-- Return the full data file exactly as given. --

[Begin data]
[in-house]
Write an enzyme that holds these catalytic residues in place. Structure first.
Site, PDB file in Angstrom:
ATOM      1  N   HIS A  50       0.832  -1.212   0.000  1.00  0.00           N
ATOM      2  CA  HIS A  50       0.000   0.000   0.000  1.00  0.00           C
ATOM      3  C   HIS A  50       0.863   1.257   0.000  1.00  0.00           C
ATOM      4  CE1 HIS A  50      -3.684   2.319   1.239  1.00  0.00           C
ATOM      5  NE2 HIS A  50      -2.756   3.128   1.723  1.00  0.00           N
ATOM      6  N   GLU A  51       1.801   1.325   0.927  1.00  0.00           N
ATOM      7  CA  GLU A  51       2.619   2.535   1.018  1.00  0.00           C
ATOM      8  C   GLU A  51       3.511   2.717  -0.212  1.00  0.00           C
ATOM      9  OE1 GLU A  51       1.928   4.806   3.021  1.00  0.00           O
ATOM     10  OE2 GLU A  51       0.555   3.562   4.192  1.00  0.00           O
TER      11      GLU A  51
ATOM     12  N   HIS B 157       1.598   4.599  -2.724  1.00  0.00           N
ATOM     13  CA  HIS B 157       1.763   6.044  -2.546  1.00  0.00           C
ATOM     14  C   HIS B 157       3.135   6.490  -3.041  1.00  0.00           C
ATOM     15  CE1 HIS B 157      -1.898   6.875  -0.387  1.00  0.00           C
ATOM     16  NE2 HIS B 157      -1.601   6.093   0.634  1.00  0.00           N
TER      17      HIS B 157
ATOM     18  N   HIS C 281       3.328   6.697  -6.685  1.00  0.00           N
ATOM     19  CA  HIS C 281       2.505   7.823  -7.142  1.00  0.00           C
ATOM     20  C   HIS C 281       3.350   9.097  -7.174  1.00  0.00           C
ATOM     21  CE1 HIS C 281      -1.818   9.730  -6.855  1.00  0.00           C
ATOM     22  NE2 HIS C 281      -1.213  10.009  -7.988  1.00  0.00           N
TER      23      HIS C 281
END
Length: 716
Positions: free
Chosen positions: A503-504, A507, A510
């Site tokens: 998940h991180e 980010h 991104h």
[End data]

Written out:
[in-house]
Write an enzyme that holds these catalytic residues in place. Structure first.
Site, PDB file in Angstrom:
ATOM      1  N   HIS A  50       0.832  -1.212   0.000  1.00  0.00           N
ATOM      2  CA  HIS A  50       0.000   0.000   0.000  1.00  0.00           C
ATOM      3  C   HIS A  50       0.863   1.257   0.000  1.00  0.00           C
ATOM      4  CE1 HIS A  50      -3.684   2.319   1.239  1.00  0.00           C
ATOM      5  NE2 HIS A  50      -2.756   3.128   1.723  1.00  0.00           N
ATOM      6  N   GLU A  51       1.801   1.325   0.927  1.00  0.00           N
ATOM      7  CA  GLU A  51       2.619   2.535   1.018  1.00  0.00           C
ATOM      8  C   GLU A  51       3.511   2.717  -0.212  1.00  0.00           C
ATOM      9  OE1 GLU A  51       1.928   4.806   3.021  1.00  0.00           O
ATOM     10  OE2 GLU A  51       0.555   3.562   4.192  1.00  0.00           O
TER      11      GLU A  51
ATOM     12  N   HIS B 157       1.598   4.599  -2.724  1.00  0.00           N
ATOM     13  CA  HIS B 157       1.763   6.044  -2.546  1.00  0.00           C
ATOM     14  C   HIS B 157       3.135   6.490  -3.041  1.00  0.00           C
ATOM     15  CE1 HIS B 157      -1.898   6.875  -0.387  1.00  0.00           C
ATOM     16  NE2 HIS B 157      -1.601   6.093   0.634  1.00  0.00           N
TER      17      HIS B 157
ATOM     18  N   HIS C 281       3.328   6.697  -6.685  1.00  0.00           N
ATOM     19  CA  HIS C 281       2.505   7.823  -7.142  1.00  0.00           C
ATOM     20  C   HIS C 281       3.350   9.097  -7.174  1.00  0.00           C
ATOM     21  CE1 HIS C 281      -1.818   9.730  -6.855  1.00  0.00           C
ATOM     22  NE2 HIS C 281      -1.213  10.009  -7.988  1.00  0.00           N
TER      23      HIS C 281
END
Length: 716
Positions: free
Chosen positions: A503-504, A507, A510
């Site tokens: 998940h991180e 980010h 991104h």